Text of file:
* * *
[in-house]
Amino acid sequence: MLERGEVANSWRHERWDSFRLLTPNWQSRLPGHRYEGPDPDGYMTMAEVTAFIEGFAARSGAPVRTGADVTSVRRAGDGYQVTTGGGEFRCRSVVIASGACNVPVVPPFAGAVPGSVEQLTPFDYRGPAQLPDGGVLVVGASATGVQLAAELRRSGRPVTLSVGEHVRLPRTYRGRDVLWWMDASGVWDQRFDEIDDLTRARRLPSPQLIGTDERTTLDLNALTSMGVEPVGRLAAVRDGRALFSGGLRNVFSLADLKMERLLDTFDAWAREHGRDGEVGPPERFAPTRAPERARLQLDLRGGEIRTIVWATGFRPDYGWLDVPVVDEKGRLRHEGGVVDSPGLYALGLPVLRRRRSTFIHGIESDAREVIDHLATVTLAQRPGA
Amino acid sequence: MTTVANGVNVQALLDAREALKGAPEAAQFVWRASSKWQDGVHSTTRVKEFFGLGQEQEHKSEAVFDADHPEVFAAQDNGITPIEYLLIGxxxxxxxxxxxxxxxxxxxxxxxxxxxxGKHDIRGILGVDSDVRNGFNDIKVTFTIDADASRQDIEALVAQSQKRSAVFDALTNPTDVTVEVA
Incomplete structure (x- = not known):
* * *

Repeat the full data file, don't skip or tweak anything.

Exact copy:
[in-house]
Amino acid sequence: MLERGEVANSWRHERWDSFRLLTPNWQSRLPGHRYEGPDPDGYMTMAEVTAFIEGFAARSGAPVRTGADVTSVRRAGDGYQVTTGGGEFRCRSVVIASGACNVPVVPPFAGAVPGSVEQLTPFDYRGPAQLPDGGVLVVGASATGVQLAAELRRSGRPVTLSVGEHVRLPRTYRGRDVLWWMDASGVWDQRFDEIDDLTRARRLPSPQLIGTDERTTLDLNALTSMGVEPVGRLAAVRDGRALFSGGLRNVFSLADLKMERLLDTFDAWAREHGRDGEVGPPERFAPTRAPERARLQLDLRGGEIRTIVWATGFRPDYGWLDVPVVDEKGRLRHEGGVVDSPGLYALGLPVLRRRRSTFIHGIESDAREVIDHLATVTLAQRPGA
Amino acid sequence: MTTVANGVNVQALLDAREALKGAPEAAQFVWRASSKWQDGVHSTTRVKEFFGLGQEQEHKSEAVFDADHPEVFAAQDNGITPIEYLLIGxxxxxxxxxxxxxxxxxxxxxxxxxxxxGKHDIRGILGVDSDVRNGFNDIKVTFTIDADASRQDIEALVAQSQKRSAVFDALTNPTDVTVEVA
Incomplete structure (x- = not known):